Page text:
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Adam Bede

are: you can neither straighten their noses, nor brighten their wit, nor rectify their
dispositions; and it is these people--amongst whom your life is passed--that it is
needful you should tolerate, pity, and love: it is these more or less ugly, stupid,
inconsistent people whose movements of goodness you should be able to
admire-- for whom you should cherish all possible hopes, all possible patience.
And I would not, even if I had the choice, be the clever novelist who could create
a world so much better than this, in which we get up in the morning to do our
daily work, that you would be likely to turn a harder, colder eye on the dusty
streets and the common green fields--on the real breathing men and women,
who can be chilled by your indifference or injured by your prejudice; who can be
cheered and helped onward by your fellow- feeling, your forbearance, your
outspoken, brave justice.
So I am content to tell my simple story, without trying to make things seem better
than they were; dreading nothing, indeed, but falsity, which, in spite of one's best
efforts, there is reason to dread. Falsehood is so easy, truth so difficult. The
pencil is conscious of a delightful facility in drawing a griffin--the longer the claws,
and the larger the wings, the better; but that marvellous facility which we mistook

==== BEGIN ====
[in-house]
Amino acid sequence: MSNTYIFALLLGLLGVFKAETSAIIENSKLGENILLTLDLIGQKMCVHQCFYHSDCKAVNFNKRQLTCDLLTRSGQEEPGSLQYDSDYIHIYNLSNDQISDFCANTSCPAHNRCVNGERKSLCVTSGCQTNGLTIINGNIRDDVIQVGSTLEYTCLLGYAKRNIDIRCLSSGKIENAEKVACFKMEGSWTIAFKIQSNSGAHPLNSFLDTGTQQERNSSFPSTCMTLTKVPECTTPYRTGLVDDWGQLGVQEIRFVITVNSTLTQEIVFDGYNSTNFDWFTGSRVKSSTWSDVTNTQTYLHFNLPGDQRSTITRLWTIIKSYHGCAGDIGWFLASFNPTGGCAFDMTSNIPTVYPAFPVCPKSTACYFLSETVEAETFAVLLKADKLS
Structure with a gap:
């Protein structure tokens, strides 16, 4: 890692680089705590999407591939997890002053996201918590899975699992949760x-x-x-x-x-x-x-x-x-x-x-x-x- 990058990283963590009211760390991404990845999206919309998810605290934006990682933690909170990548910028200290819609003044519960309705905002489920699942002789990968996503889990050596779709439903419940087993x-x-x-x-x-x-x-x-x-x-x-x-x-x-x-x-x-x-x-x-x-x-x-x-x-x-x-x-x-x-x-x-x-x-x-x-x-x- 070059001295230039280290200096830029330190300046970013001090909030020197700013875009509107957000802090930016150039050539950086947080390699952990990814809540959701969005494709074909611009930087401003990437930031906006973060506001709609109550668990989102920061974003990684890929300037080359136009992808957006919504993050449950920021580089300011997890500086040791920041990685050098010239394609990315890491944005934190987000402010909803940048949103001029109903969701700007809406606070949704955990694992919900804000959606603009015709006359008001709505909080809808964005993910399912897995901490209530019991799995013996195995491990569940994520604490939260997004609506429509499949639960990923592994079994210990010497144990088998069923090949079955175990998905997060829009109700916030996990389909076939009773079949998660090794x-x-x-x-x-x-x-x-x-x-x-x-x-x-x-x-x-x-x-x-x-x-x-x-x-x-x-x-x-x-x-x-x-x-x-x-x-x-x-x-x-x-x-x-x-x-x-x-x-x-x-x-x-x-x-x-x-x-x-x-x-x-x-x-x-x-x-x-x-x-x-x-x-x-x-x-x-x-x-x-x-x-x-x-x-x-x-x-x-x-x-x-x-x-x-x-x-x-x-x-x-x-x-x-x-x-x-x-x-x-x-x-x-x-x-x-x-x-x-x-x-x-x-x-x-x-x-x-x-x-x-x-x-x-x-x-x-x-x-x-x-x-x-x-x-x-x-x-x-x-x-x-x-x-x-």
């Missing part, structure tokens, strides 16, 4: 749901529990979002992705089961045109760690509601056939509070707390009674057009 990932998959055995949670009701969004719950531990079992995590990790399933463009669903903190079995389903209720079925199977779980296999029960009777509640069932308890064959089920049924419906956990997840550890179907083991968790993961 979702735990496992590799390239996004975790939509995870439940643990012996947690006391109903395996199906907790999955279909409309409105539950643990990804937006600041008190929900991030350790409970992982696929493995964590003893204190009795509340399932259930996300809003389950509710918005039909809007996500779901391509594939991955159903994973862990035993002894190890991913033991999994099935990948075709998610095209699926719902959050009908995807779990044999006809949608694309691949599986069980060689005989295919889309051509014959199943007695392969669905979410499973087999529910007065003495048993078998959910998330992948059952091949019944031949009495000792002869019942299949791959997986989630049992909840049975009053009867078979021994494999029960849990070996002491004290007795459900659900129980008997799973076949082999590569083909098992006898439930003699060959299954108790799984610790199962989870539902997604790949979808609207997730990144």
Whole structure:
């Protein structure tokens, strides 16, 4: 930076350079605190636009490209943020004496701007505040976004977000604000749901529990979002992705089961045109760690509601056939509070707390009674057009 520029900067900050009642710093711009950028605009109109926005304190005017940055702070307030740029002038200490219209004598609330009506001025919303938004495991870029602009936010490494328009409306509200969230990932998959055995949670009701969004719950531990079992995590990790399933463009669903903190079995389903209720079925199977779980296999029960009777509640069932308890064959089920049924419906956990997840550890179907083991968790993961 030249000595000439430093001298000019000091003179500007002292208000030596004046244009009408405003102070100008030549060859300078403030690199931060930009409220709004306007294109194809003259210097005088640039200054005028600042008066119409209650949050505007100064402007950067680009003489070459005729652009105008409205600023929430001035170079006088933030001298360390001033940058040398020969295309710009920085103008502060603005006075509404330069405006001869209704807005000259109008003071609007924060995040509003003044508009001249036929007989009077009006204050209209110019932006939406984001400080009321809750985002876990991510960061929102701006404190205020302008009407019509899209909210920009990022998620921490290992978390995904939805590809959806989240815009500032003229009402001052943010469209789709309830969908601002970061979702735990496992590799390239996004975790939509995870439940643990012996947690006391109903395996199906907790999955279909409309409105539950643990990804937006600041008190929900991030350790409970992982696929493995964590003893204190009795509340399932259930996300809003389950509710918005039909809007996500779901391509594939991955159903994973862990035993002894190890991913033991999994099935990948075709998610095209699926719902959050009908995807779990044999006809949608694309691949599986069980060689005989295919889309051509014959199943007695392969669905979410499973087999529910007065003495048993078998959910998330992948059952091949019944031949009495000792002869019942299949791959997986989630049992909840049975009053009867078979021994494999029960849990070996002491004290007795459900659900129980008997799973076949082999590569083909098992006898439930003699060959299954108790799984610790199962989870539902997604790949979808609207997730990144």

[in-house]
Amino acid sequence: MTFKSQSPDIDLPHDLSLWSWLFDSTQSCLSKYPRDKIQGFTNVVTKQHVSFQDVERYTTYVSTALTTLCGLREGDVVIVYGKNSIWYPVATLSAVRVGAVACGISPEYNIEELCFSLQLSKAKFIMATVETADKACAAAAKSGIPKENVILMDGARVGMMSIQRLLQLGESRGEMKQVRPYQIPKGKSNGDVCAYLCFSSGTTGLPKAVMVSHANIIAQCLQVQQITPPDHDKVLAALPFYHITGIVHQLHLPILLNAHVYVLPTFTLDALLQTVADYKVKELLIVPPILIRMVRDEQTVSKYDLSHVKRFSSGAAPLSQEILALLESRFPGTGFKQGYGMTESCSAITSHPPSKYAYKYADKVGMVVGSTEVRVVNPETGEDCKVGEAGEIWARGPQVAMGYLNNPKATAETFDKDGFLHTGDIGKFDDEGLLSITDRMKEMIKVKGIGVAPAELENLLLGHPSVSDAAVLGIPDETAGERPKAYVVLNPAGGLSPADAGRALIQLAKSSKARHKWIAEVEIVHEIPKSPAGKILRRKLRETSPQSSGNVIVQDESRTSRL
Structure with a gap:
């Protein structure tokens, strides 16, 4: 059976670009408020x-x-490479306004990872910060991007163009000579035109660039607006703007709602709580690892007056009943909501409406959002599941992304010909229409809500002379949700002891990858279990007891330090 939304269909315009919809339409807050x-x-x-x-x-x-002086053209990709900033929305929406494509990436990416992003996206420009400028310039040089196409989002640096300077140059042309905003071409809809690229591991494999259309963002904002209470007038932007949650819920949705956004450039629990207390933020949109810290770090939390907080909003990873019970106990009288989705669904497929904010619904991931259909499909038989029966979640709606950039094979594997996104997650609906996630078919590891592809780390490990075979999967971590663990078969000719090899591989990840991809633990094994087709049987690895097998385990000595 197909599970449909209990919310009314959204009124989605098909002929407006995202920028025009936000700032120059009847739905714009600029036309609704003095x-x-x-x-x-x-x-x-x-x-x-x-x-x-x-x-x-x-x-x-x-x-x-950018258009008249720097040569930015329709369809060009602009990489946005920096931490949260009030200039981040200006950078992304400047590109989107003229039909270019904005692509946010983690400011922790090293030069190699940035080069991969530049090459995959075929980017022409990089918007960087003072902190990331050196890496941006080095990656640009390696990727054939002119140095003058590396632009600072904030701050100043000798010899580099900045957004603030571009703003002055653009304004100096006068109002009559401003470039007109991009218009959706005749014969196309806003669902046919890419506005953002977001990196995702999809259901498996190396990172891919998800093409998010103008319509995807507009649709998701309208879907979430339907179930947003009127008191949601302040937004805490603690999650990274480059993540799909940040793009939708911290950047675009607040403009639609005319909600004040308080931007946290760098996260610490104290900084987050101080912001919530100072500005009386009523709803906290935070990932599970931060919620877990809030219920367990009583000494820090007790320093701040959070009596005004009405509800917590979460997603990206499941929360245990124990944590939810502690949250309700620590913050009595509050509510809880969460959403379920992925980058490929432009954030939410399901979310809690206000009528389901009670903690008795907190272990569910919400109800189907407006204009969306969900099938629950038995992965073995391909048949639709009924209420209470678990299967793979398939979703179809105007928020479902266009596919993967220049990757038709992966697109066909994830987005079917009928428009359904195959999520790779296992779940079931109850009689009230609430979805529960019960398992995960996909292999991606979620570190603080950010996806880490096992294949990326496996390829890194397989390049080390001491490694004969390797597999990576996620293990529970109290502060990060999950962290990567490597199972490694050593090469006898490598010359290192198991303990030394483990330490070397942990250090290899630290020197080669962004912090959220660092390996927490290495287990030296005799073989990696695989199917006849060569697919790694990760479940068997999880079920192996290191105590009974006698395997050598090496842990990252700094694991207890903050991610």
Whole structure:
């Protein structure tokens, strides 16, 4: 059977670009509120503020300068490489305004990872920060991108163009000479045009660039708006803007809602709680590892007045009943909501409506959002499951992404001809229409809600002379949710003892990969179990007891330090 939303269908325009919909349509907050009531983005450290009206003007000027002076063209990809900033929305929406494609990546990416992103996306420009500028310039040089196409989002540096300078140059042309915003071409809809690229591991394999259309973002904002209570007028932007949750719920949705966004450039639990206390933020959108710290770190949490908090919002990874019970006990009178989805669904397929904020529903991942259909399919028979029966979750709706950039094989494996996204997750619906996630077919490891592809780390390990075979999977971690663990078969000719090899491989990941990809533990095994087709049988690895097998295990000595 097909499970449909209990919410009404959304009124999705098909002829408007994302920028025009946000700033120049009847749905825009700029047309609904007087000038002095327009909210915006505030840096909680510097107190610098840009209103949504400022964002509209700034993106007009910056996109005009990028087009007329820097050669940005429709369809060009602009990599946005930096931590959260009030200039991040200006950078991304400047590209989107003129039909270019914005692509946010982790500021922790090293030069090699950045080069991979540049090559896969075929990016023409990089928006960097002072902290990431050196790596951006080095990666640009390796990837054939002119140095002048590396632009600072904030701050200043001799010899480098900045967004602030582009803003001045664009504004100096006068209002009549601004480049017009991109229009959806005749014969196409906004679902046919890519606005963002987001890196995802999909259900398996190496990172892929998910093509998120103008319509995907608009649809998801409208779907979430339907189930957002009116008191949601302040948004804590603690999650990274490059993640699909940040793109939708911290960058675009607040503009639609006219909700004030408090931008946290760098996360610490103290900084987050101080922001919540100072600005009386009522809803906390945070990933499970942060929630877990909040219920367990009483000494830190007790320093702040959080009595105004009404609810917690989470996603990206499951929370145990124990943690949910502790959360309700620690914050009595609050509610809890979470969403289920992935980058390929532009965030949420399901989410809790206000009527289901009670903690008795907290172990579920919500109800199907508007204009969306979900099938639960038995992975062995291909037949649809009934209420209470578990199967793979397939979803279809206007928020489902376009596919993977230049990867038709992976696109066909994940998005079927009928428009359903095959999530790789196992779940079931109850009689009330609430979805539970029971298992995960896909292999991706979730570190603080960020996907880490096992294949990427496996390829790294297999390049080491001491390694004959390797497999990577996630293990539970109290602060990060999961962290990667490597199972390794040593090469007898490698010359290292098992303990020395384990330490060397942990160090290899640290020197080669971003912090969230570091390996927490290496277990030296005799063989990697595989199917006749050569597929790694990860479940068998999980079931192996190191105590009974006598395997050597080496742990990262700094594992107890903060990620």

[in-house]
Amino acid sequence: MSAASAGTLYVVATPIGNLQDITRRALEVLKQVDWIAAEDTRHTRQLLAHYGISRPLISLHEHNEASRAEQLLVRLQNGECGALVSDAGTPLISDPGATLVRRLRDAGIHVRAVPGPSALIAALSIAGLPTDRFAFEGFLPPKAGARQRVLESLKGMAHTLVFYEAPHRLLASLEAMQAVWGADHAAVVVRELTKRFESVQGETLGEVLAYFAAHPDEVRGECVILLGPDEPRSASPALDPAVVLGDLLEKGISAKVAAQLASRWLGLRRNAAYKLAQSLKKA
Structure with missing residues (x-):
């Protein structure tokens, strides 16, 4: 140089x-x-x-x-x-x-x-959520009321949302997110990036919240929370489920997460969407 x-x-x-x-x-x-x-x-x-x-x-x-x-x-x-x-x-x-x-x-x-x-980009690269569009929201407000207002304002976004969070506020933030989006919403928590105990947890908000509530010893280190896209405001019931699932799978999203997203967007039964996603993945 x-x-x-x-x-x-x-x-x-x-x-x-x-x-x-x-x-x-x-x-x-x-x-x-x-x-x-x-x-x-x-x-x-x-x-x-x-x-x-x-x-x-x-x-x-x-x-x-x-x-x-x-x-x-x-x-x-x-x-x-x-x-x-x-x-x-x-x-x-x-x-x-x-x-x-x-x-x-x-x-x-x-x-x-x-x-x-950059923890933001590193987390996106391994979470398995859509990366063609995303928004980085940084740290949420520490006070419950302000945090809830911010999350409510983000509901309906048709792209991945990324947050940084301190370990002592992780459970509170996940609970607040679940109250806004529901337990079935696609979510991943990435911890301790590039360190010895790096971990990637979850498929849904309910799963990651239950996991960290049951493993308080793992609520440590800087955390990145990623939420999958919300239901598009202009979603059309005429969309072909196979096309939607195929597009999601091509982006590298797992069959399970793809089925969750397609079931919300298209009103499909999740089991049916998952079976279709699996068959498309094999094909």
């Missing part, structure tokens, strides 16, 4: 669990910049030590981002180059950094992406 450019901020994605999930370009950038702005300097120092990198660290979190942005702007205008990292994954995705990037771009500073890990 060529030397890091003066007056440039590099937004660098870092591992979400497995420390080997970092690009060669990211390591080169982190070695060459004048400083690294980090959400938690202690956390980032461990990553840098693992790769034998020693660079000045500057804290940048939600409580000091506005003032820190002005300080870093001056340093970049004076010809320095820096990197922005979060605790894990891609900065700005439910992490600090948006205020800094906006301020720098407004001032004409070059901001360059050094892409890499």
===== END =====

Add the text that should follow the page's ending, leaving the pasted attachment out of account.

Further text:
for genius is apt to forsake us when we want to draw a real unexaggerated lion.
Examine your words well, and you will find that even when you have no motive to
be false, it is a very hard thing to say the exact truth, even about your own
immediate feelings--much harder than to say something fine about them which is
NOT the exact truth.
It is for this rare, precious quality of truthfulness that I delight in many Dutch
paintings, which lofty-minded people despise. I find a source of delicious
sympathy in these faithful pictures of a monotonous homely existence, which has
been the fate of so many more among my fellow-mortals than a life of pomp or of
absolute indigence, of tragic suffering or of world-stirring actions. I turn, without
shrinking, from cloud-borne angels, from prophets, sibyls, and heroic warriors, to
an old woman bending over her flower-pot, or eating her solitary dinner, while the
noonday light, softened perhaps by a screen of leaves, falls on her mob-cap, and
just touches the rim of her spinning-wheel, and her stone jug, and all those cheap
common things which are the precious necessaries of life to her--or I turn to that
village wedding, kept between four brown walls, where an awkward bridegroom
opens the dance with a high-shouldered, broad-faced bride, while elderly and
middle-aged friends look on, with very irregular noses and lips, and probably with
quart-pots in their hands, but with an expression of unmistakable contentment
and goodwill. "Foh!" says my idealistic friend, "what vulgar details! What good is
there in taking all these pains to give an exact likeness of old women and
clowns? What a low phase of life! What clumsy, ugly people!"
But bless us, things may be lovable that are not altogether handsome, I hope? I
am not at all sure that the majority of the human race have not been ugly, and
even among those "lords of their kind," the British, squat figures, ill-shapen
nostrils, and dingy complexions are not startling exceptions. Yet there is a great
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